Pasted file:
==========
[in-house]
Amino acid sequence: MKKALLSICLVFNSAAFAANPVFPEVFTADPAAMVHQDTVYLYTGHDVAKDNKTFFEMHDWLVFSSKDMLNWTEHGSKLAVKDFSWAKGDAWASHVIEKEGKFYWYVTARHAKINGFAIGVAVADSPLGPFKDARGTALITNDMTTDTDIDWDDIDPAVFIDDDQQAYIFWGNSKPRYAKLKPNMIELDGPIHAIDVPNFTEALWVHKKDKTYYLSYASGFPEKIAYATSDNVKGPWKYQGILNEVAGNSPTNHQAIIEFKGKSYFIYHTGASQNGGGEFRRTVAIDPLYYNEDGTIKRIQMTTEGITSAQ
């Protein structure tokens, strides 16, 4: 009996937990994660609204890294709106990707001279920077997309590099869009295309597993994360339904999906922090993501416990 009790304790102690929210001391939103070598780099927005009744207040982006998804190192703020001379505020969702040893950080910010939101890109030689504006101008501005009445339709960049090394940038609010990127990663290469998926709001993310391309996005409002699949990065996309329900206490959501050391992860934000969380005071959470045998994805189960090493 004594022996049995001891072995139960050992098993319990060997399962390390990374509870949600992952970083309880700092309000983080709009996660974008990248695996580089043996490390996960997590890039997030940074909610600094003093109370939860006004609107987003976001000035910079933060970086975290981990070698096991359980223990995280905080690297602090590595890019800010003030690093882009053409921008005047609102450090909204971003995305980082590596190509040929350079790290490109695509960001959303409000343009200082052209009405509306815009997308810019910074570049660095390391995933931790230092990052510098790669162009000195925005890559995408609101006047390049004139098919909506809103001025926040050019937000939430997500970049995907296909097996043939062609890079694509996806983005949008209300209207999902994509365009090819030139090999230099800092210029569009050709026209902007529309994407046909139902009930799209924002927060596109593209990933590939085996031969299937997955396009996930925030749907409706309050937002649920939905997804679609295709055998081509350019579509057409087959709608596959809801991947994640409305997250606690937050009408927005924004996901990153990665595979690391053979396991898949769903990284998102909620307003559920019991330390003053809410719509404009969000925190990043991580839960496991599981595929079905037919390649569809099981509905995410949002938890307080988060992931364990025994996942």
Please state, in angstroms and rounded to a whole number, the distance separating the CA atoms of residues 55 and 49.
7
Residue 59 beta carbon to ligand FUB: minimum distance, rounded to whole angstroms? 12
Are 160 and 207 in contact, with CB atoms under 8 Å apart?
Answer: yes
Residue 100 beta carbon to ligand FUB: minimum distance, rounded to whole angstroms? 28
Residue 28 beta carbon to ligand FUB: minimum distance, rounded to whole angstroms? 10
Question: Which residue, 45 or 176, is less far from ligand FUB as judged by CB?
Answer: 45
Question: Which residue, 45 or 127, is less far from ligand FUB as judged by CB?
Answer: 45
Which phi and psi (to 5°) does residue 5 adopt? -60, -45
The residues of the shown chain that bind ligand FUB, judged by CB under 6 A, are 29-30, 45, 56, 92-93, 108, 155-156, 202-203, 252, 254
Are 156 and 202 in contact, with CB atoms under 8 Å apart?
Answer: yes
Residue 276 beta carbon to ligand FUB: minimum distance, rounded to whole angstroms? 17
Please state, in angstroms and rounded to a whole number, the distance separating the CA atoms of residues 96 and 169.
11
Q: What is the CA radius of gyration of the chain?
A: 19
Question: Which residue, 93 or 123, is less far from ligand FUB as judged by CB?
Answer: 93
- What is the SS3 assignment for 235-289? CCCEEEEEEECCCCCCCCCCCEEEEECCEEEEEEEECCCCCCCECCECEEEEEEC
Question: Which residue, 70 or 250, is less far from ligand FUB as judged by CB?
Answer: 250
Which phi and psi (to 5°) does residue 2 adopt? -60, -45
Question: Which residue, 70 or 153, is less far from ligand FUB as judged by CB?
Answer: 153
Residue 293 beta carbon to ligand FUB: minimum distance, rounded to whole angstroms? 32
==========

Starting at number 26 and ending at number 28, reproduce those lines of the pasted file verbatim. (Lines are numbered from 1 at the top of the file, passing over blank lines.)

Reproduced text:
- What is the SS3 assignment for 235-289? CCCEEEEEEECCCCCCCCCCCEEEEECCEEEEEEEECCCCCCCECCECEEEEEEC
Question: Which residue, 70 or 250, is less far from ligand FUB as judged by CB?
Answer: 250